South America

Peatlands occupy approximately 3% of the earth’s land surface, but their distribution is heavily skewed towards the Northern Hemisphere’s boreal regions. In fact, recent estimates suggest that outside of the tropics, bogs in the Southern Hemisphere represent just 1% of all the world’s peatlands!

This southern distribution is largely limited to Patagonia, with smaller fragments also found in south-eastern Australia, New Zealand, some of the South Atlantic Islands and the Antarctic Peninsula. However, an historic bias towards the study of sites in the Northern Hemisphere, particularly in North America and Europe, has left their southern counterparts comparatively under-investigated.

Despite representing only a small proportion of the world’s peatlands, the bogs of southern Argentina and Chile possess a wealth of scientific interest. These peatlands are in many ways unique, owing not just to their geographical location but also the types of plants and animals that inhabit them.

Furthermore, patterns of glaciation during the last glacial period were very different in South America compared to the huge continental ice sheets experienced in the Northern Hemisphere. So whilst peatlands in the north rarely exceed 12,000 years in age, bogs estimated to be 16,500 years old have been found in the south – this means that our peat-based research can extend further back in time than just about anywhere on earth!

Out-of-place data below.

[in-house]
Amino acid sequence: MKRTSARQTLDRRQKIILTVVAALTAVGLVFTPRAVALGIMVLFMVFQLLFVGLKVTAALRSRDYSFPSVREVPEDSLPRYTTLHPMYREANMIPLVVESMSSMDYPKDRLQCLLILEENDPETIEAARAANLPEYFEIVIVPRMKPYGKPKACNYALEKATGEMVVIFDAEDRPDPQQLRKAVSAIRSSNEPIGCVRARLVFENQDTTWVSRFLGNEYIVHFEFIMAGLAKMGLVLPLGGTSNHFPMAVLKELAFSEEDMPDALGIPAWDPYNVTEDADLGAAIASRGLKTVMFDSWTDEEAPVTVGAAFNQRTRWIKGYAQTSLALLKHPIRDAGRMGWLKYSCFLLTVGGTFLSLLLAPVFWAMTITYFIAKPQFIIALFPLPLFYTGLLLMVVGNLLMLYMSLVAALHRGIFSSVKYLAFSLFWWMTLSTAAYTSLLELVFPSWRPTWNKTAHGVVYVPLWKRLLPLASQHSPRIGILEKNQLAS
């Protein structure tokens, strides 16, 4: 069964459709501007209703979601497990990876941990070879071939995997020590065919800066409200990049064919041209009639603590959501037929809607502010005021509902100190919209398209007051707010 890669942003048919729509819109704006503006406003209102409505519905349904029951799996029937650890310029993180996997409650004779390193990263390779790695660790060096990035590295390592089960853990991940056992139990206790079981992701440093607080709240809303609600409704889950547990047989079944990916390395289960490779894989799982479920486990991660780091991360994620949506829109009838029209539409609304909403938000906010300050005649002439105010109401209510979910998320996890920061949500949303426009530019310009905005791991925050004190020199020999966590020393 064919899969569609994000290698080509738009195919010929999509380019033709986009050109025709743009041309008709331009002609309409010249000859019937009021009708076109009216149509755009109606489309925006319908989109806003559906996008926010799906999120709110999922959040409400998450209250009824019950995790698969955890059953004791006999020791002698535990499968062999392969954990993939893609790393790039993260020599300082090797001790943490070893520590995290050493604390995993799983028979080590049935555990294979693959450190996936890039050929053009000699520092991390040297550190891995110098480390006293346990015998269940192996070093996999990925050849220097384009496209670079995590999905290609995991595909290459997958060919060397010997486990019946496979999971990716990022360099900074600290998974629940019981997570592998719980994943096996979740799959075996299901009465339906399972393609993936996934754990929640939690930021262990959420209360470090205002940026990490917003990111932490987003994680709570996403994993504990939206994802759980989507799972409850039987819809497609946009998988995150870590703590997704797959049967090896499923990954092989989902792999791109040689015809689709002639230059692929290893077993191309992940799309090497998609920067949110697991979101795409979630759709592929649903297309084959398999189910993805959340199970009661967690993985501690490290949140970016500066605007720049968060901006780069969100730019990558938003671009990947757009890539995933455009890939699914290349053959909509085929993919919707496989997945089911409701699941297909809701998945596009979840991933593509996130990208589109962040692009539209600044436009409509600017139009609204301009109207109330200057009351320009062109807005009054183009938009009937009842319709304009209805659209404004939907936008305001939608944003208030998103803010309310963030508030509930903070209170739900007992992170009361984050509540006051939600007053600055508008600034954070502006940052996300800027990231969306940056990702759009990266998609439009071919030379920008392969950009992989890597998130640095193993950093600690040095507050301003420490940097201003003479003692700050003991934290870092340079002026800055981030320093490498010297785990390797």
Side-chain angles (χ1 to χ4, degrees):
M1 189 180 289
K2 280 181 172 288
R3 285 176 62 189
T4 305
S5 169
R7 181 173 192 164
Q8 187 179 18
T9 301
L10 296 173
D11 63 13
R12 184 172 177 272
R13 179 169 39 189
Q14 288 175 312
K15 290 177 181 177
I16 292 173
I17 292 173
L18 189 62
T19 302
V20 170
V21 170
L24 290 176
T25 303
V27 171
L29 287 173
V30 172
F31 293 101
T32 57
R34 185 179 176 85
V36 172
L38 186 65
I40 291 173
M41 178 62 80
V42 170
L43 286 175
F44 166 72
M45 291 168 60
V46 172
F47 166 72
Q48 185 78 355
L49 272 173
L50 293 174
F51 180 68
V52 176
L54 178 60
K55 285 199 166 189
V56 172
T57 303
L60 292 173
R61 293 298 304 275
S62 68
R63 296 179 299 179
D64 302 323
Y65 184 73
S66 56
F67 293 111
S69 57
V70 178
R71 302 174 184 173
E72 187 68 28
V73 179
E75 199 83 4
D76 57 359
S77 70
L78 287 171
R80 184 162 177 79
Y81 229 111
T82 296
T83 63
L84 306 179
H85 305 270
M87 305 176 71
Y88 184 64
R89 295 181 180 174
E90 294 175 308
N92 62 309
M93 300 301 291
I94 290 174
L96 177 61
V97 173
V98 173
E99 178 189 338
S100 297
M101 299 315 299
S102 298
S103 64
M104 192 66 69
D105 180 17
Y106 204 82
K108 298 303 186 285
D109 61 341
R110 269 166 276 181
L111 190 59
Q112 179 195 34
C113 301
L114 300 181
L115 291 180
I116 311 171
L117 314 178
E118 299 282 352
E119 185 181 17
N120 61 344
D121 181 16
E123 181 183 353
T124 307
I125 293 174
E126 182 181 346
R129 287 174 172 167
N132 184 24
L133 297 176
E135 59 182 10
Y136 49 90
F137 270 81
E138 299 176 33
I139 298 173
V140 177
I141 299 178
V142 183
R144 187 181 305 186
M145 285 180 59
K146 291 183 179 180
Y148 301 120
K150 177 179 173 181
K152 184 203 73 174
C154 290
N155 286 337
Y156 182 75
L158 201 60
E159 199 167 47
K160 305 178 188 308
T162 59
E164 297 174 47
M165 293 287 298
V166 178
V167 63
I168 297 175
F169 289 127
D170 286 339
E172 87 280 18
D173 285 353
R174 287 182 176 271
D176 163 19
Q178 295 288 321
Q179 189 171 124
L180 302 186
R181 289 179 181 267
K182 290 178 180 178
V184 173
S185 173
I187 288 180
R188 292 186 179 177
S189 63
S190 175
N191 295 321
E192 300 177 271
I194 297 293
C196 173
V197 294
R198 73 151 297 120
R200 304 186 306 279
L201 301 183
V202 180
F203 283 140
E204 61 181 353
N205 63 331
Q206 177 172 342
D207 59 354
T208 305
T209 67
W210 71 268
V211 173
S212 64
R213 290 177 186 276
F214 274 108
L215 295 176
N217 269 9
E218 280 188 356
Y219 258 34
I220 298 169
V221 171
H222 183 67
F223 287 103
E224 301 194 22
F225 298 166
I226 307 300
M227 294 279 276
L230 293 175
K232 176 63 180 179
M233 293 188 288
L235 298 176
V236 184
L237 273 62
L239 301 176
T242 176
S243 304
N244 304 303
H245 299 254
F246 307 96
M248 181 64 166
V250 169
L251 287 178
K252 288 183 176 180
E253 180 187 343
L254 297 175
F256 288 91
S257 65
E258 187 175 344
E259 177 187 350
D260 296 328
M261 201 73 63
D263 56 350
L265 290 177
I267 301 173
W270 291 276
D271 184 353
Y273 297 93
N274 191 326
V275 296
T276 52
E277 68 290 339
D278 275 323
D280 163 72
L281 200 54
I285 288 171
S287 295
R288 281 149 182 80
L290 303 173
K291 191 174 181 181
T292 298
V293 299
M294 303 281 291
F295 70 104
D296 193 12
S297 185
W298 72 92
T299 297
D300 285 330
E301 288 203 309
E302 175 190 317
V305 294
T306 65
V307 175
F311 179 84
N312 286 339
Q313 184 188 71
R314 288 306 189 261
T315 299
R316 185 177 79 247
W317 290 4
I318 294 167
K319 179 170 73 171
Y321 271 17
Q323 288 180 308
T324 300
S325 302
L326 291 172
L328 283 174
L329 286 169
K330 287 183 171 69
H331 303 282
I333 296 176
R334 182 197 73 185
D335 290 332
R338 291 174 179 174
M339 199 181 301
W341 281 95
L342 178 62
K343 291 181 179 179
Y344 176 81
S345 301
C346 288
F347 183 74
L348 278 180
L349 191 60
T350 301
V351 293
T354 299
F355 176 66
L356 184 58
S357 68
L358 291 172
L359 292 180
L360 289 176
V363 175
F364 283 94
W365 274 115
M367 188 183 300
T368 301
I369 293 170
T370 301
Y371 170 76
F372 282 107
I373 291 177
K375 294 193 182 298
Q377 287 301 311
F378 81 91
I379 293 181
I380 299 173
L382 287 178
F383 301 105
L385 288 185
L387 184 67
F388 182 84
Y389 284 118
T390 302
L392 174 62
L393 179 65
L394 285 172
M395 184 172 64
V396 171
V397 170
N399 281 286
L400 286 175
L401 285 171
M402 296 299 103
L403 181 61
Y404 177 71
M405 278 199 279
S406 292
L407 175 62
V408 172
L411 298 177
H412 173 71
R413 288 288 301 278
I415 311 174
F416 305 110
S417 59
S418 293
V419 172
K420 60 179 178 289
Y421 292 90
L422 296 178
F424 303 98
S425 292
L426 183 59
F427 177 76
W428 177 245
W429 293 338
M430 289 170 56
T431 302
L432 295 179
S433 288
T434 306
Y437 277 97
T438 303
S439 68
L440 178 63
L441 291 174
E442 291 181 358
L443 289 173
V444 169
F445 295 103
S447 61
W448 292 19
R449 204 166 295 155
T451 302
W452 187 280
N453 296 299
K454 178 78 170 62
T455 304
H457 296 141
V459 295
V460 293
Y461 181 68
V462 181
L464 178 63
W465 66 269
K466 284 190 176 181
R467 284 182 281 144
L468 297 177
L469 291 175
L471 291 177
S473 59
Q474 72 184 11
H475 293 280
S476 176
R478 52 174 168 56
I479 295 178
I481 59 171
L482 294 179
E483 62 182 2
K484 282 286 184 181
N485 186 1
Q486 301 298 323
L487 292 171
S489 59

Another bonus is that the bogs of southern South America tend to be unaffected by pollution and other human activities. This gives us a great opportunity to examine the bog systems in their natural state – some bogs in the Northern Hemisphere have been modified and damaged by humans not just in the last few centuries but as long ago as Roman times! These bogs have not escaped completely unscathed though. More and more of the sites are being cut for fuel and fertiliser, just like their northern cousins have been for hundreds of years. Let’s just hope that we can learn from the mistakes we have made in Europe and North America in terms of managing and conserving our peatlands so that these unique southern bogs can survive long into the future.